From the History of Relationship between Music and Rhetoric

Issue #1 • 1006

From the History of Relationship between Music and Rhetoric Rhetoric (from Greek Rhetorike) is oratorical art, and in the broad sense of the word, it is a science that deals with belles-lettres prose. The special significance of rhetoric was determined by its place in the system of arts up until the end of the 17th century. Originally developed with reference to oratorical art, for several centuries it played the role of a kind of generalizing and synthesizing aesthetic theory. Only in the 17th century, Garcian, theoretician of Spanish literary baroque, suggested – and his opinion was widely embraced – that “rhetoric is incapable of covering all art-related phenomena and specificities of aesthetic cognition of the universe” (1, p. 137).

As the scholars of olden days noted, rhetoric is related to logic and dialectics. Aristotle wrote: “Rhetoric is an art that is in conformity with dialectics, since both concern subjects, the knowledge of which can, in a way, be considered an asset of all and sundry, and which do not belong to the domain of any particular science” (2, p. 15).

Among three objectives long since known to be intrinsic to rhetoric – docere, delectore, movere, that is, convince, please, excite – the first one belonged to logic and dialectics. Besides, this objective was achieved in a similar, sometimes identical way – by means of explanation and argumentation, employing syllogism, for example. An orator, however, did not necessarily have to find and assert the truth. No matter how extensively the oratorical art employed the devices of logic and dialectics, much more important here was not a strictly logical argument, but the emotional impact of speech upon people’s emotions. Here the decisive factor is not something in which the orator is trying to convince his audience, but the way he does it. This is where the two other objectives of rhetoric come forth: to excite, to move and to please. People often came to listen to an orator, as they do now to listen to a musician – not to learn anything new as much as to enjoy his art – speech style, creativity in developing a theme, and ability to produce impact upon the emotions of listeners. This is where lay a hidden danger of oratorical art turning into something completely artificial – into “rhetoric” in the negative sense of the word.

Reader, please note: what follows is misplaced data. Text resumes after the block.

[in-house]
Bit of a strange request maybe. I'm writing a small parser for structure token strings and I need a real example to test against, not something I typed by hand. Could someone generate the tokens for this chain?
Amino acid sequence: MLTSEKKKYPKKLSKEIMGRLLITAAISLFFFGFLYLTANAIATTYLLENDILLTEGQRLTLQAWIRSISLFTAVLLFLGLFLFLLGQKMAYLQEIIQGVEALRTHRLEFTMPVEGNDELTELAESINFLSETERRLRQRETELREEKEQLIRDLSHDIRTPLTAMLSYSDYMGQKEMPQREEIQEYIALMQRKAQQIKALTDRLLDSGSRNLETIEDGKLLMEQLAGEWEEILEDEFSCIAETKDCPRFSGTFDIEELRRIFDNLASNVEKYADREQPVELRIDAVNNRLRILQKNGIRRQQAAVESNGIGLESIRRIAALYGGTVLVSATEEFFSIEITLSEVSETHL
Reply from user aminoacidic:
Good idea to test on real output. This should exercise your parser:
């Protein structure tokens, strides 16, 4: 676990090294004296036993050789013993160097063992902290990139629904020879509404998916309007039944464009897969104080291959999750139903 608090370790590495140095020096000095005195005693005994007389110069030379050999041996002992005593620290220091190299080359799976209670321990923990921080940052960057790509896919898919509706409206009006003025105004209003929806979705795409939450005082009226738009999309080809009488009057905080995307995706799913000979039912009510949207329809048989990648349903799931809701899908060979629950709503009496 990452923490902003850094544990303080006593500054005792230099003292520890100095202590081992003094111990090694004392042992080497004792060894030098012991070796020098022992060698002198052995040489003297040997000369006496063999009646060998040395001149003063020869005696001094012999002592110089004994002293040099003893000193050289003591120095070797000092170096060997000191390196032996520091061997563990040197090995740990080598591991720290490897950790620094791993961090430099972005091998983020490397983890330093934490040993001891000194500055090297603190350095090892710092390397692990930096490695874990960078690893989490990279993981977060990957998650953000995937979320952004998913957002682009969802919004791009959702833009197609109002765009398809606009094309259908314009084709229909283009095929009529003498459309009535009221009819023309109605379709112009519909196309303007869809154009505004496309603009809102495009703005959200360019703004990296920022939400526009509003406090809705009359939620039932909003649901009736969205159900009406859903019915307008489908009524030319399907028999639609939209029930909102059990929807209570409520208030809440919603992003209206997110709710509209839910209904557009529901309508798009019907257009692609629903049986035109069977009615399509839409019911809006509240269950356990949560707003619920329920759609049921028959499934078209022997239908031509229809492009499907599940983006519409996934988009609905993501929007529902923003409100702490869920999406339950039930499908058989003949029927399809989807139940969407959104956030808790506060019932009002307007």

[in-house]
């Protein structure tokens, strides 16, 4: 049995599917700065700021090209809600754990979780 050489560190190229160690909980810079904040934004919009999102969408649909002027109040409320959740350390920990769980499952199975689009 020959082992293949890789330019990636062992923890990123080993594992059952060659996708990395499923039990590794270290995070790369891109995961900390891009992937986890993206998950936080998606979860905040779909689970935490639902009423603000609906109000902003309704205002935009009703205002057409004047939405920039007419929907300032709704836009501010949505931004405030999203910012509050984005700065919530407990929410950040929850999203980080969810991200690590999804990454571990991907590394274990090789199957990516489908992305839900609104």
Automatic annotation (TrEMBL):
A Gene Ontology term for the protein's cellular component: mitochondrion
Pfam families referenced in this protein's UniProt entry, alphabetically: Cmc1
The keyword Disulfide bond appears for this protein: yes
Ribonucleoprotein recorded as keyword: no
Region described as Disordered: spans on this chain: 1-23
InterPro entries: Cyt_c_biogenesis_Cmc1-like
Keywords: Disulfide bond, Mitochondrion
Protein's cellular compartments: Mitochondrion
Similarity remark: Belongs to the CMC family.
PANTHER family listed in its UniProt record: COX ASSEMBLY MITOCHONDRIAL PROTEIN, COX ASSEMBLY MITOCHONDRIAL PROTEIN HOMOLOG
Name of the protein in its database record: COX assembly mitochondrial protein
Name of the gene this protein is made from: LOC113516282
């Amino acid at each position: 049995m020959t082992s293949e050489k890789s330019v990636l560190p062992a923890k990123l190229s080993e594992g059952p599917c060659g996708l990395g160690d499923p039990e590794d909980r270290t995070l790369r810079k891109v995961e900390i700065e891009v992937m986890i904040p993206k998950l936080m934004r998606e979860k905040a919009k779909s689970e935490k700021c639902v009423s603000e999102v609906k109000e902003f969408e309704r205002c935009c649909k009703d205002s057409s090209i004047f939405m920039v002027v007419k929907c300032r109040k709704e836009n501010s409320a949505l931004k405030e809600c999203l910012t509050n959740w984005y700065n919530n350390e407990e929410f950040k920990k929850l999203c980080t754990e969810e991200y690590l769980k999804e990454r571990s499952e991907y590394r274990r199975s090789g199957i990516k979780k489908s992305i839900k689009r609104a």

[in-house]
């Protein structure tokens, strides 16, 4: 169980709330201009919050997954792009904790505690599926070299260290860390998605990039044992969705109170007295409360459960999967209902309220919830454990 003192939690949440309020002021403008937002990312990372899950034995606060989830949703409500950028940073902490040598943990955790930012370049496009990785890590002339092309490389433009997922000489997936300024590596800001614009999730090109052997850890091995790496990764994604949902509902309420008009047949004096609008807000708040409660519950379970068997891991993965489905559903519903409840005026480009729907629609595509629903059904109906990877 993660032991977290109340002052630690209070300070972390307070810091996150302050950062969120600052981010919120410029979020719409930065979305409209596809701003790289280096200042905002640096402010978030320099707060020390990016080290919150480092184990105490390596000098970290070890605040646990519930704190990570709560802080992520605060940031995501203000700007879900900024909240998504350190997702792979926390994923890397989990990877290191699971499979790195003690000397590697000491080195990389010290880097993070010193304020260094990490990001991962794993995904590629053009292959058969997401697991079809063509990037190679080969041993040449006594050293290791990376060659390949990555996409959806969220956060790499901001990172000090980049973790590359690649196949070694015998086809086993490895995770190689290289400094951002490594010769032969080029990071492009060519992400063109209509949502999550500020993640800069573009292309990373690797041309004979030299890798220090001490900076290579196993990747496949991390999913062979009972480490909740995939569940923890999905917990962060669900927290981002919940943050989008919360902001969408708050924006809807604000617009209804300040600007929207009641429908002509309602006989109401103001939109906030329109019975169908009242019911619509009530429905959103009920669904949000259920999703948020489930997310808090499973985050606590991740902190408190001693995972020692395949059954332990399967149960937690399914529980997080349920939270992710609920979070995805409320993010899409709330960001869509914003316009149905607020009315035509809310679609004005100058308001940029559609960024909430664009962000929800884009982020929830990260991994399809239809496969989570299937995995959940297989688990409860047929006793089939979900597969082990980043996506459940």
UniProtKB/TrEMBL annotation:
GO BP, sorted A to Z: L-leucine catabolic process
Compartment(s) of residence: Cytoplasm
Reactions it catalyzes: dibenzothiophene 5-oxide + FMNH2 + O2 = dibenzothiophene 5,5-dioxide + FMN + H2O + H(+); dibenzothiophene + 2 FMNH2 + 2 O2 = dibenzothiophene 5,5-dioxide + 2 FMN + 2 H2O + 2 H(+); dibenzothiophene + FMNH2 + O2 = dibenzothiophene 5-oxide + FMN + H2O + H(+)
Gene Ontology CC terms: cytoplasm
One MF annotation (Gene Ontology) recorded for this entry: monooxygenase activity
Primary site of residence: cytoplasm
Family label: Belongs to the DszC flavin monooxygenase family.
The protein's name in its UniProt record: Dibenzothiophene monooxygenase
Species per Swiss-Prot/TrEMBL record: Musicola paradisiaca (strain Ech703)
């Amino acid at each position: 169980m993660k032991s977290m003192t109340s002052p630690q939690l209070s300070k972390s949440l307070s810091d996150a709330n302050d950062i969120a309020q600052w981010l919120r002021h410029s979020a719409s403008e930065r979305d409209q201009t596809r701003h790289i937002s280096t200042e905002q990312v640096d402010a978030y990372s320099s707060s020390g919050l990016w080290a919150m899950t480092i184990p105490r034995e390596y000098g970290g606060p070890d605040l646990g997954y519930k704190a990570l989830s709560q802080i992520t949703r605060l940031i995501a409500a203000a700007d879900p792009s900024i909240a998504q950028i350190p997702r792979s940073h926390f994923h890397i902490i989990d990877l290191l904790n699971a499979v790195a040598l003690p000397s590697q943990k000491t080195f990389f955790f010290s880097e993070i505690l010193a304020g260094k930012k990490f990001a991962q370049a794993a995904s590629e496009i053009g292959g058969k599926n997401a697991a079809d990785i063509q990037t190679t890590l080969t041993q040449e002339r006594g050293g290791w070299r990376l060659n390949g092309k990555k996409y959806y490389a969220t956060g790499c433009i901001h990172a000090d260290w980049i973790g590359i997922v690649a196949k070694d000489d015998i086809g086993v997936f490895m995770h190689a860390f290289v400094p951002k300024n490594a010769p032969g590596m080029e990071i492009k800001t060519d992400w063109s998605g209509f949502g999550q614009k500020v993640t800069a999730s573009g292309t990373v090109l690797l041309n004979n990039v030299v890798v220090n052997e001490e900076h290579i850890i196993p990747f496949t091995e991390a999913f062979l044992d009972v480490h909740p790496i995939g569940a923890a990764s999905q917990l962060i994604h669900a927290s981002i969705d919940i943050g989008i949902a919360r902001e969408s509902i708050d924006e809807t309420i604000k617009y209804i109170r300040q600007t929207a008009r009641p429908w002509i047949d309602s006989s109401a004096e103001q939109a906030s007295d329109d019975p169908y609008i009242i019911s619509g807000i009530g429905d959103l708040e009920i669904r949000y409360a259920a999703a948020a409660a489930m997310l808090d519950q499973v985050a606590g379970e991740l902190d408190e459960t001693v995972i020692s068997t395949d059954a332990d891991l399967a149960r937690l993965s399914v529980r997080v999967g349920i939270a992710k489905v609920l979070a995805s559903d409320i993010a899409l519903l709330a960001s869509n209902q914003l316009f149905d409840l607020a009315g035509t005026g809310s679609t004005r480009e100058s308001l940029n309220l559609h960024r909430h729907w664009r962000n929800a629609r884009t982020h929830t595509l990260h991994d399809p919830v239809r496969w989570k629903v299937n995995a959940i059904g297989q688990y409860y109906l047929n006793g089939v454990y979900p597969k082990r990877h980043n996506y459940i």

Let us now turn to the issue of connection between music and rhetoric. Music has long since been put next to rhetoric. For instance, from ancient times music theory included, along with teaching about music, teaching about the composition of verses and oratorical and stage performance thereof. In the writings of Quintilian we find a characteristic mentioning of “a certain man named Hyperbolos who admitted that he knew nothing about music apart from grammar” (3, p. 55). Later on, it often happened that the same teachers taught music, grammar and rhetoric. Besides, music and rhetoric were among the so-called septem artes liberals – Seven Liberal Arts – a system that from early Middle Ages was mandatory to study in schools. However, according to O. I. Zakharova, up until the 16th century, science did not know of any specific extended links between music and rhetoric. The available materials suggest that until that time the connection between music and rhetoric did not go beyond drawing general, sometimes speculative analogies in the propositions made by some musicians. To a certain extent, the exception was allegory that dominated the entire medieval art – a device that, as is well known, belongs to rhetoric and was described in rhetoric. Still, this kind of connection with rhetoric could not produce any substantial impact on the development of music.